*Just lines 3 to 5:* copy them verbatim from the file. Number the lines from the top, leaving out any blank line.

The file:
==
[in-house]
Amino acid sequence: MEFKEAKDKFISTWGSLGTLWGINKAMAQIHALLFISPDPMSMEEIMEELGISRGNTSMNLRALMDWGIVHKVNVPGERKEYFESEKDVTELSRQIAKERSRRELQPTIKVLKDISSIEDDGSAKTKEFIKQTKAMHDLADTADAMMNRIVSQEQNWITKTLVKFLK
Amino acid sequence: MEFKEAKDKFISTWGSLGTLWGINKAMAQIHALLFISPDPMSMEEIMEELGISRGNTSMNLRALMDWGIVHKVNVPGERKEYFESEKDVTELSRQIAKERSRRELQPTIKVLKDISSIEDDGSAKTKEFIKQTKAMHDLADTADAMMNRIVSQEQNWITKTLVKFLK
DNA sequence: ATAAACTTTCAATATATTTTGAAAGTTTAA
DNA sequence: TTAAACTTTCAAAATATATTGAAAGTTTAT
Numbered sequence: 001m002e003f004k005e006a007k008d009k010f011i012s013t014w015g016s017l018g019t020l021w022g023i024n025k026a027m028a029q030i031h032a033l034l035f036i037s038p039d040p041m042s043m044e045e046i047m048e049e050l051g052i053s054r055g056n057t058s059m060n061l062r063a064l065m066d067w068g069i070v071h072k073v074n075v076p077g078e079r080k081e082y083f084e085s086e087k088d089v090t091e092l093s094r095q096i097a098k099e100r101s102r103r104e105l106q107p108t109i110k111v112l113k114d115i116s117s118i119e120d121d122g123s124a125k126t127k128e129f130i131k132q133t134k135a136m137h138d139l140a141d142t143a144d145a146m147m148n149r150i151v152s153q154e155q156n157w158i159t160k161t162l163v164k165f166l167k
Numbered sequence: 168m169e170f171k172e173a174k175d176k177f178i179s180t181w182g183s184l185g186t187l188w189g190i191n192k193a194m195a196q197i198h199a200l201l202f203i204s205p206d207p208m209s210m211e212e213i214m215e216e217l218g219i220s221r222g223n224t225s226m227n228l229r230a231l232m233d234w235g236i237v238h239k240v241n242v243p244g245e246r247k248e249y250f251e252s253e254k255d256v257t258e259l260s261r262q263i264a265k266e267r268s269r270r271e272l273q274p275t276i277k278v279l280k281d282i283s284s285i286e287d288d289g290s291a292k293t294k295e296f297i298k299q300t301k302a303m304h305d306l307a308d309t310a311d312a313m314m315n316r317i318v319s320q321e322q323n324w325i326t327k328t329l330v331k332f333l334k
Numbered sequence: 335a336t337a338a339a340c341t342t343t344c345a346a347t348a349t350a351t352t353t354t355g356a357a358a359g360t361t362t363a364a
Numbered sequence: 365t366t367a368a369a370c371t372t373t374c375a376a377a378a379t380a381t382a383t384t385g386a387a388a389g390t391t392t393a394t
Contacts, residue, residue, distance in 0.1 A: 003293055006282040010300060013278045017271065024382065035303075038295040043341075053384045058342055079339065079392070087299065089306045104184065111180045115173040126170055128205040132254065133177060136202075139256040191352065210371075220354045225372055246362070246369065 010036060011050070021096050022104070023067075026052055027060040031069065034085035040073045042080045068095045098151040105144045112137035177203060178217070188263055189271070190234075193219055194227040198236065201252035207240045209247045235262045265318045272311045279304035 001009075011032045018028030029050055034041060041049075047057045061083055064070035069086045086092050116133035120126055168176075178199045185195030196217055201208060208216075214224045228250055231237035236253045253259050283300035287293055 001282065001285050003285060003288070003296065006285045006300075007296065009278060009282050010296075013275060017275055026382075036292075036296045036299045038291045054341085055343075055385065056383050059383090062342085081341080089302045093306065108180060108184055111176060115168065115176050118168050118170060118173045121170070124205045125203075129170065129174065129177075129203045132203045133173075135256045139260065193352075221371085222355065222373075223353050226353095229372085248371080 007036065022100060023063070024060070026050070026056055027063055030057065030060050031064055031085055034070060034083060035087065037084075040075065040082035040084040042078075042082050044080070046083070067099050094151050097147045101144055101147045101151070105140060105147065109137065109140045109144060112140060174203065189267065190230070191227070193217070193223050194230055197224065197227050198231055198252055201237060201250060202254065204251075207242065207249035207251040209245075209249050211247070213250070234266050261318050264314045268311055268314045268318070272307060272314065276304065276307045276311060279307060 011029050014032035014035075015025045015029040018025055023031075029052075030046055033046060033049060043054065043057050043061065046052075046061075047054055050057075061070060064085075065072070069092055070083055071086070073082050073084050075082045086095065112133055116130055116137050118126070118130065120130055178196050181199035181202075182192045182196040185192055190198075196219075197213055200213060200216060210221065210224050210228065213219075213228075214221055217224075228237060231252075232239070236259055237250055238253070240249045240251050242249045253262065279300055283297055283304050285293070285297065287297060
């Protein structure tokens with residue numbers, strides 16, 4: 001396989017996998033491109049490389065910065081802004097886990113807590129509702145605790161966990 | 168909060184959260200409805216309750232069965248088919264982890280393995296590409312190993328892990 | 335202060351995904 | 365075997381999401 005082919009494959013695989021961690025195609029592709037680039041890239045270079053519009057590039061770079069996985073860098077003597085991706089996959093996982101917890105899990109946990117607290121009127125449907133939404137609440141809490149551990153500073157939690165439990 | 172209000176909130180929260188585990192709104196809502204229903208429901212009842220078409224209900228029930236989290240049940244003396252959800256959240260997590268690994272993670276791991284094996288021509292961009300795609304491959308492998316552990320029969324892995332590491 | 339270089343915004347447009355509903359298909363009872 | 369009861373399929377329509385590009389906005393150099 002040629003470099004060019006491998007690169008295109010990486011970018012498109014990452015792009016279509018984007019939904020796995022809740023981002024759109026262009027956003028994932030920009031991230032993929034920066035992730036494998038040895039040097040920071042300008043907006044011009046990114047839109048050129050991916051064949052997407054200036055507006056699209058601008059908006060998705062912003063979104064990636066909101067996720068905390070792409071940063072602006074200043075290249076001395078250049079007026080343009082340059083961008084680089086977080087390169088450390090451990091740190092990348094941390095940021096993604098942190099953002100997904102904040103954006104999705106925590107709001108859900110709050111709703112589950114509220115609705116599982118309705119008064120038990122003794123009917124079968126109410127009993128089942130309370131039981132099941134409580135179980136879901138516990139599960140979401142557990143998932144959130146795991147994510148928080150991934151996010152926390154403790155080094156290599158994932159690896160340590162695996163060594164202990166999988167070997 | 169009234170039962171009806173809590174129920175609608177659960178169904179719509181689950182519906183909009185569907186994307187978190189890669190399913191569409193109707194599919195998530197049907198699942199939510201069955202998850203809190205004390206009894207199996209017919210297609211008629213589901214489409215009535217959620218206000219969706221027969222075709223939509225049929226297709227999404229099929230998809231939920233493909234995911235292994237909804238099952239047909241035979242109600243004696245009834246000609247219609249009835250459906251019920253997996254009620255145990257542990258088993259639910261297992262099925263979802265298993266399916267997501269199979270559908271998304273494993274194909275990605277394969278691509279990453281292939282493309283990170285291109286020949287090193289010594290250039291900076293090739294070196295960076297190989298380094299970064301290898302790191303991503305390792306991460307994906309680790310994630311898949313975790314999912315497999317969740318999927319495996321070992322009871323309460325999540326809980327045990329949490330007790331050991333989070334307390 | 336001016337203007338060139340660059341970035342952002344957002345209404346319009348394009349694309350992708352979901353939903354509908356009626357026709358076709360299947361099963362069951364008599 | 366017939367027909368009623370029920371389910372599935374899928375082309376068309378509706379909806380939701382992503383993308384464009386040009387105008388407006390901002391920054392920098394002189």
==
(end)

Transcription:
Amino acid sequence: MEFKEAKDKFISTWGSLGTLWGINKAMAQIHALLFISPDPMSMEEIMEELGISRGNTSMNLRALMDWGIVHKVNVPGERKEYFESEKDVTELSRQIAKERSRRELQPTIKVLKDISSIEDDGSAKTKEFIKQTKAMHDLADTADAMMNRIVSQEQNWITKTLVKFLK
DNA sequence: ATAAACTTTCAATATATTTTGAAAGTTTAA
DNA sequence: TTAAACTTTCAAAATATATTGAAAGTTTAT